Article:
Why Are My Teeth Sensitive?

Dr. Brad King, D.M.D., P.C. | 03.22.2016

Why Are My Teeth Sensitive?

Does a sip of your morning coffee or a bite of your favorite ice cream cause pain in your teeth? Or, maybe when you brush or floss, do you notice that some teeth experience more sensitivity than others?

Don’t ignore this sensation in your mouth. Here are some reasons why you may be experiencing sensitive teeth and some ways to help ease some of the pain.

Reason #1: There’s too much acid in your diet.

If you have sensitive teeth that have exposed nerve pathways, yet you continue to indulge in tomato sauce, pickles, fresh grapefruit and oranges, or other highly acidic foods on a regular basis, you could be making your sensitive teeth worse. Decrease your intake of acidic foods and see if you notice a difference.

Reason #2: You’re brushing your teeth too hard.

This is a very common reason why people have sensitive teeth: they brush with too much force. If you brush too hard for too long, you can slowly begin wearing down the protective layers of your teeth, which means that they are at risk for nerve exposure. If they are exposed for a long time, you will likely experience sensitivity in your teeth on a regular basis. To combat this, make a concentrated effort to brush gently, and switch to a soft-bristled toothbrush.

Reason #3: You grind your teeth.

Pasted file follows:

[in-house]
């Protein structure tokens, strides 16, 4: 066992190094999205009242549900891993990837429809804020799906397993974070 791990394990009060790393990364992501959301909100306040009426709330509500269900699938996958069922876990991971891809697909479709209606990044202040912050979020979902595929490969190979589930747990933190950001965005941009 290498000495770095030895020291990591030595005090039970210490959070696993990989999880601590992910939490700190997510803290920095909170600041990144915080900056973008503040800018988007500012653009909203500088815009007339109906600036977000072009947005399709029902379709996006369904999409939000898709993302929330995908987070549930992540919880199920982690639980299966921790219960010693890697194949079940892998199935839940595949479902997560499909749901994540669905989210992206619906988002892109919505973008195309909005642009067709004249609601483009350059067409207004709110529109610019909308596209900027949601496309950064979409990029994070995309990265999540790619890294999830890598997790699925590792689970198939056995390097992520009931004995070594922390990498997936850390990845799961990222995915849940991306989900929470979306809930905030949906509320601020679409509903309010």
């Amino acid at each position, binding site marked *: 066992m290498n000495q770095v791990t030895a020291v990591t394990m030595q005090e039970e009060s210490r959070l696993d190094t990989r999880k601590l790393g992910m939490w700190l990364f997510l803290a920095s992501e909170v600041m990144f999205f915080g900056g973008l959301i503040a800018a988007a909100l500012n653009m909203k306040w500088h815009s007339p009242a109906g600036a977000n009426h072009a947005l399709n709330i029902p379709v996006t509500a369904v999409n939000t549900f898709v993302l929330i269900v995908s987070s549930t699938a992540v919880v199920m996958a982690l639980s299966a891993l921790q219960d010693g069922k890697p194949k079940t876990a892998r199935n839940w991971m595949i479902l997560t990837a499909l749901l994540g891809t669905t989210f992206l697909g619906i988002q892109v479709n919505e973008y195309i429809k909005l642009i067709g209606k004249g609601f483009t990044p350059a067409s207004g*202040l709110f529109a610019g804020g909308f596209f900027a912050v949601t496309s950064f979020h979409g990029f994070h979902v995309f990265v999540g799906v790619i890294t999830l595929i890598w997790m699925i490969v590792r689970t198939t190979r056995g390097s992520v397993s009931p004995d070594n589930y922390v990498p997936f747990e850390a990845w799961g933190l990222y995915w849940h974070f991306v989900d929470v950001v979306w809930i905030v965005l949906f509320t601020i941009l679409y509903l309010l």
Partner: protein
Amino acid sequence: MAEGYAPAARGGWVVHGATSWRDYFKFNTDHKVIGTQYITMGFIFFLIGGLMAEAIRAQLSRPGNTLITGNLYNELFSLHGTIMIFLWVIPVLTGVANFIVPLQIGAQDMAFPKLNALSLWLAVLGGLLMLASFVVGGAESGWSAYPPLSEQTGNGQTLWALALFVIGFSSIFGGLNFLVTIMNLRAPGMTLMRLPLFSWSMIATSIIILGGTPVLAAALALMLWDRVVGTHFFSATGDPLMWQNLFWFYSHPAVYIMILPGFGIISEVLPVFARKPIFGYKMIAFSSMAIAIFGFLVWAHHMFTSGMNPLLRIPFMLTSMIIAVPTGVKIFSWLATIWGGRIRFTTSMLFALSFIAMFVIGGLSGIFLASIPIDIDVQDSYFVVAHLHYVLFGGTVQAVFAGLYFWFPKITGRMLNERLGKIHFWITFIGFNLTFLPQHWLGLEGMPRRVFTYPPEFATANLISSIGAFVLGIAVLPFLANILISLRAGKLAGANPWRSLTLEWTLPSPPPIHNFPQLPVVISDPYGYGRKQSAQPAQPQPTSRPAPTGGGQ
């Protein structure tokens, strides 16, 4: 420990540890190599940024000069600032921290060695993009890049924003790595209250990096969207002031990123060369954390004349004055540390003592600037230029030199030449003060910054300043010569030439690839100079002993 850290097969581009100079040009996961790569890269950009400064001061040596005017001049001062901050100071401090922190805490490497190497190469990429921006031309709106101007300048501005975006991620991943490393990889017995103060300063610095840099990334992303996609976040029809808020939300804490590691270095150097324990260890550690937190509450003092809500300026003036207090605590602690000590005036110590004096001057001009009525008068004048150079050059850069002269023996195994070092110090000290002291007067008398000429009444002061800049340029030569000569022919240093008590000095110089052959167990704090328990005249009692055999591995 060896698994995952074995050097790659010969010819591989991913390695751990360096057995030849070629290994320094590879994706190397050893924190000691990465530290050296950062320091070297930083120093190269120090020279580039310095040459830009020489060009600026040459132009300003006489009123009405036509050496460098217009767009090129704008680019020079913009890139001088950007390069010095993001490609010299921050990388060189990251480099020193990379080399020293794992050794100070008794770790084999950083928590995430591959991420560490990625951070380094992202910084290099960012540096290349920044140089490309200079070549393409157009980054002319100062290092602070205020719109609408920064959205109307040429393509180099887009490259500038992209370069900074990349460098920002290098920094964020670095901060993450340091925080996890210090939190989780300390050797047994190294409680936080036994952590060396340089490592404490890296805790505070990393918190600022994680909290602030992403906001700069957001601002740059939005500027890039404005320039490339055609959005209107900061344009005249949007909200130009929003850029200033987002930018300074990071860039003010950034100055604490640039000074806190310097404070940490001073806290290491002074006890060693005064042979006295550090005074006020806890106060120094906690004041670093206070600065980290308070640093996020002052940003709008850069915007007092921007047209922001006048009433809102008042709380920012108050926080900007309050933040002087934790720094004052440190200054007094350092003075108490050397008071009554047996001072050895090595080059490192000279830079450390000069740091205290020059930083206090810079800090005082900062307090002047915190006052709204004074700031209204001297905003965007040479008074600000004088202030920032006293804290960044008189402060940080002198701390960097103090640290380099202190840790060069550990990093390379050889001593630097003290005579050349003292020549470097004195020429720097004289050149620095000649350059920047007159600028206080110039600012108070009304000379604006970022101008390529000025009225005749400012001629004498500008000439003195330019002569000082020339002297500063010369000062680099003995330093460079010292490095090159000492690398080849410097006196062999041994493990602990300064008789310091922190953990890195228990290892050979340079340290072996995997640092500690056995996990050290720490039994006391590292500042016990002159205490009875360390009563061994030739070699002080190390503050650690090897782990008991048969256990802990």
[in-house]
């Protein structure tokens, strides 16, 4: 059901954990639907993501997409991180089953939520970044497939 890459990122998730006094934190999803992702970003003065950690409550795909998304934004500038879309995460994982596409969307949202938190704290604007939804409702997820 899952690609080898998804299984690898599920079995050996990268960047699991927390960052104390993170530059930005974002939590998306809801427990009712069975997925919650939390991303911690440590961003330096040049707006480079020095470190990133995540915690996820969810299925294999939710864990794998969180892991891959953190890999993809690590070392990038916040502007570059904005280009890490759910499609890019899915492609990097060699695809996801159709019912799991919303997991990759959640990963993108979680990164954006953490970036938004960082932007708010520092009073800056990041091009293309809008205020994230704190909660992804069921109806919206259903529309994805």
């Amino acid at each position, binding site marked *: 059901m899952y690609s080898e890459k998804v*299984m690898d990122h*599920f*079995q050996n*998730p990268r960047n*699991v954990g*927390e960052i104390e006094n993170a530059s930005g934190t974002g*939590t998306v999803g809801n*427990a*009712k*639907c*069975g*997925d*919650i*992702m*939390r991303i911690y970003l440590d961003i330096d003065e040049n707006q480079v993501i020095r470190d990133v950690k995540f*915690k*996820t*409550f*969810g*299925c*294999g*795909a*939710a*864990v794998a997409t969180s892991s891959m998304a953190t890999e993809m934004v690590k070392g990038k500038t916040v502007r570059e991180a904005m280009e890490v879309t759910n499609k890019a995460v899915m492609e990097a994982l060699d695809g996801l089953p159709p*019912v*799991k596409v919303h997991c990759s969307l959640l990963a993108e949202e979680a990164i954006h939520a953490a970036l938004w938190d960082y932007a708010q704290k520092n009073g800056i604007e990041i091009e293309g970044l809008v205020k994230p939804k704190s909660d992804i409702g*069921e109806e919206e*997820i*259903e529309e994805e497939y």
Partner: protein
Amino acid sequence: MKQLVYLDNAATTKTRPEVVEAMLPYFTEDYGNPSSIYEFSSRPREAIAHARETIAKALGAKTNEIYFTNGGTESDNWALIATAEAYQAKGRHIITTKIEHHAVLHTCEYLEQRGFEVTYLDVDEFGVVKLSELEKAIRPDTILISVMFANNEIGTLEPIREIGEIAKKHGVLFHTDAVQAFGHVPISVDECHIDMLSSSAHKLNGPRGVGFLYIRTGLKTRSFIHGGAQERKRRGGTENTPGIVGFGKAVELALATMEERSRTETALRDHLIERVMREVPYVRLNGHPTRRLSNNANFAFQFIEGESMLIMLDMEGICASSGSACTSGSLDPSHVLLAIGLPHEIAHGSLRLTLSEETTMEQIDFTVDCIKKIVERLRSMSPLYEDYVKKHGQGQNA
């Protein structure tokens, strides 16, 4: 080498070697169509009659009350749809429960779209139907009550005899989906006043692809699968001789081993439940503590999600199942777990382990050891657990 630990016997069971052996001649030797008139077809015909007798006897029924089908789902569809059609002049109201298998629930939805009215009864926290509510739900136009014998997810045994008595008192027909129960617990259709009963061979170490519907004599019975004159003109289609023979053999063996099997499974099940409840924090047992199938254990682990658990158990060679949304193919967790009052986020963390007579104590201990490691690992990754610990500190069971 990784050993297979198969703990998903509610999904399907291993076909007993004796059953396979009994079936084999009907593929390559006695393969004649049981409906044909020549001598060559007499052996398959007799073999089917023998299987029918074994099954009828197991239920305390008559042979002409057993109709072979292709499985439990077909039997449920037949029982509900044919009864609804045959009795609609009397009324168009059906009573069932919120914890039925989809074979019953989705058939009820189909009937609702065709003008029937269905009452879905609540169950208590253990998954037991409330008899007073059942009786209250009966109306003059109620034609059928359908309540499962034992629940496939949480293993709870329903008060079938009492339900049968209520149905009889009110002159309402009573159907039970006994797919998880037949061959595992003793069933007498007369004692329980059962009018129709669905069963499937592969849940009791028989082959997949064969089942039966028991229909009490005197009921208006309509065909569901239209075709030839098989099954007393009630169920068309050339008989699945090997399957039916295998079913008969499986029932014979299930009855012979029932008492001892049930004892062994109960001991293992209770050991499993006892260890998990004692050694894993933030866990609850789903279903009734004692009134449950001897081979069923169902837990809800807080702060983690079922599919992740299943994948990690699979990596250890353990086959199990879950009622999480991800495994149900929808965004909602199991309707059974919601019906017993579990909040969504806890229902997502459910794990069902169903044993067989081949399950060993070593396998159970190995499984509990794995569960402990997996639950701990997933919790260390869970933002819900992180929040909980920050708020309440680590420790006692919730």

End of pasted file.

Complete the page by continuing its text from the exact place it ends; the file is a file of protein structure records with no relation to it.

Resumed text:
If you grind your teeth while you sleep at night, you will likely wear down the enamel in your teeth over time. This will expose the dentin (one of four types of dental tissues), which can lead to nerve exposure. Your dentist can make you a mouth guard that is custom fit to your mouth, and this can significantly help you stop grinding your teeth.

Reason #4: You’re using mouthwash too much.

Mouthwash is a great product, but it should be used in moderation. Many times, these mouthwashes contain high amounts of alcohol and chemicals that can actually contribute to tooth sensitivity. Instead, try a neutral fluoride rinse or stop using the mouthwash altogether.

Reason #5: You have gum disease.

Do you have receding gums? This is often a result of aging, but it happens especially if you have not kept up with regular teeth cleaning, flossing, or dental check-ups. If you have gum disease or gingivitis, you may have sensitive teeth as well.

To help this, your dentist will likely create a plan of action to treat the gum disease, and may suggest a procedure to seal the teeth and keep them protected.  

Having sensitive teeth doesn’t have to dominate your everyday life! It’s usually treatable, often with simple changes to your oral healthcare routine. Start with switching your toothpaste to one that is made specifically for sensitive teeth. If this doesn’t work and the pain persists no matter what you do, be sure to schedule an appointment with your dentist to determine the cause and the best solution.

Dr. Brad King D.M.D. P.C. is an accomplished dentist in Southeast Portland, OR, with a special interest in helping the senior community. 

Dr. King is also an ADA Member, and a part of the Dental Research Study Club at Oregon Health & Science University Dental School.

www.kingdental.net

 

 

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